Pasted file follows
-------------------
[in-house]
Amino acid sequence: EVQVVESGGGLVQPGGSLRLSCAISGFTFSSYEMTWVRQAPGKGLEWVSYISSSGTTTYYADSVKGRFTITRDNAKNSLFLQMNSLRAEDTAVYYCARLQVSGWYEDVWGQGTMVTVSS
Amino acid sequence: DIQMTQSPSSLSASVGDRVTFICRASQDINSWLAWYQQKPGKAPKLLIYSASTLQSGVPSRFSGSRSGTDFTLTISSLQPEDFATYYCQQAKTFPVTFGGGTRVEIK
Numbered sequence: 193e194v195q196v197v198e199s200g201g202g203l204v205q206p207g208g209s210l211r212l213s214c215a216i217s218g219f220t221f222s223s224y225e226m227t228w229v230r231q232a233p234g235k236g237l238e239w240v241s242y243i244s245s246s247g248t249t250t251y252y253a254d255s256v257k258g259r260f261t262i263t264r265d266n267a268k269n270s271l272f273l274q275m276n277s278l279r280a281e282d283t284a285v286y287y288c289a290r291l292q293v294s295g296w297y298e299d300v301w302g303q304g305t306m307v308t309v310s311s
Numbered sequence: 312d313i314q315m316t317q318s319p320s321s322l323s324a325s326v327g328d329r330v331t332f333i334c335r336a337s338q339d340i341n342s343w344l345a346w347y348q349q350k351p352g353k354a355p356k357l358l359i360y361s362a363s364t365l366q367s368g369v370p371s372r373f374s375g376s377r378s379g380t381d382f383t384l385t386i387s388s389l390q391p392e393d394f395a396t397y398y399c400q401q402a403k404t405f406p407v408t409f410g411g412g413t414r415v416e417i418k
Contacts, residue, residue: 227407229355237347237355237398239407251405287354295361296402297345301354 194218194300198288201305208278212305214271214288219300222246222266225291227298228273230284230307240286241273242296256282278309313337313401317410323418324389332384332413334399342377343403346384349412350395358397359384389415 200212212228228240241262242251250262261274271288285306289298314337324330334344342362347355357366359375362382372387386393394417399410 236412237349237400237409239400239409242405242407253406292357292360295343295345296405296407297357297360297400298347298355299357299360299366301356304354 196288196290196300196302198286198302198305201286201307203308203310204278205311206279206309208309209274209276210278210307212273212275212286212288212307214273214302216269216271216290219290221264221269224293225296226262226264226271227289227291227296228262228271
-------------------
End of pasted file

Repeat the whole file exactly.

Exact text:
[in-house]
Amino acid sequence: EVQVVESGGGLVQPGGSLRLSCAISGFTFSSYEMTWVRQAPGKGLEWVSYISSSGTTTYYADSVKGRFTITRDNAKNSLFLQMNSLRAEDTAVYYCARLQVSGWYEDVWGQGTMVTVSS
Amino acid sequence: DIQMTQSPSSLSASVGDRVTFICRASQDINSWLAWYQQKPGKAPKLLIYSASTLQSGVPSRFSGSRSGTDFTLTISSLQPEDFATYYCQQAKTFPVTFGGGTRVEIK
Numbered sequence: 193e194v195q196v197v198e199s200g201g202g203l204v205q206p207g208g209s210l211r212l213s214c215a216i217s218g219f220t221f222s223s224y225e226m227t228w229v230r231q232a233p234g235k236g237l238e239w240v241s242y243i244s245s246s247g248t249t250t251y252y253a254d255s256v257k258g259r260f261t262i263t264r265d266n267a268k269n270s271l272f273l274q275m276n277s278l279r280a281e282d283t284a285v286y287y288c289a290r291l292q293v294s295g296w297y298e299d300v301w302g303q304g305t306m307v308t309v310s311s
Numbered sequence: 312d313i314q315m316t317q318s319p320s321s322l323s324a325s326v327g328d329r330v331t332f333i334c335r336a337s338q339d340i341n342s343w344l345a346w347y348q349q350k351p352g353k354a355p356k357l358l359i360y361s362a363s364t365l366q367s368g369v370p371s372r373f374s375g376s377r378s379g380t381d382f383t384l385t386i387s388s389l390q391p392e393d394f395a396t397y398y399c400q401q402a403k404t405f406p407v408t409f410g411g412g413t414r415v416e417i418k
Contacts, residue, residue: 227407229355237347237355237398239407251405287354295361296402297345301354 194218194300198288201305208278212305214271214288219300222246222266225291227298228273230284230307240286241273242296256282278309313337313401317410323418324389332384332413334399342377343403346384349412350395358397359384389415 200212212228228240241262242251250262261274271288285306289298314337324330334344342362347355357366359375362382372387386393394417399410 236412237349237400237409239400239409242405242407253406292357292360295343295345296405296407297357297360297400298347298355299357299360299366301356304354 196288196290196300196302198286198302198305201286201307203308203310204278205311206279206309208309209274209276210278210307212273212275212286212288212307214273214302216269216271216290219290221264221269224293225296226262226264226271227289227291227296228262228271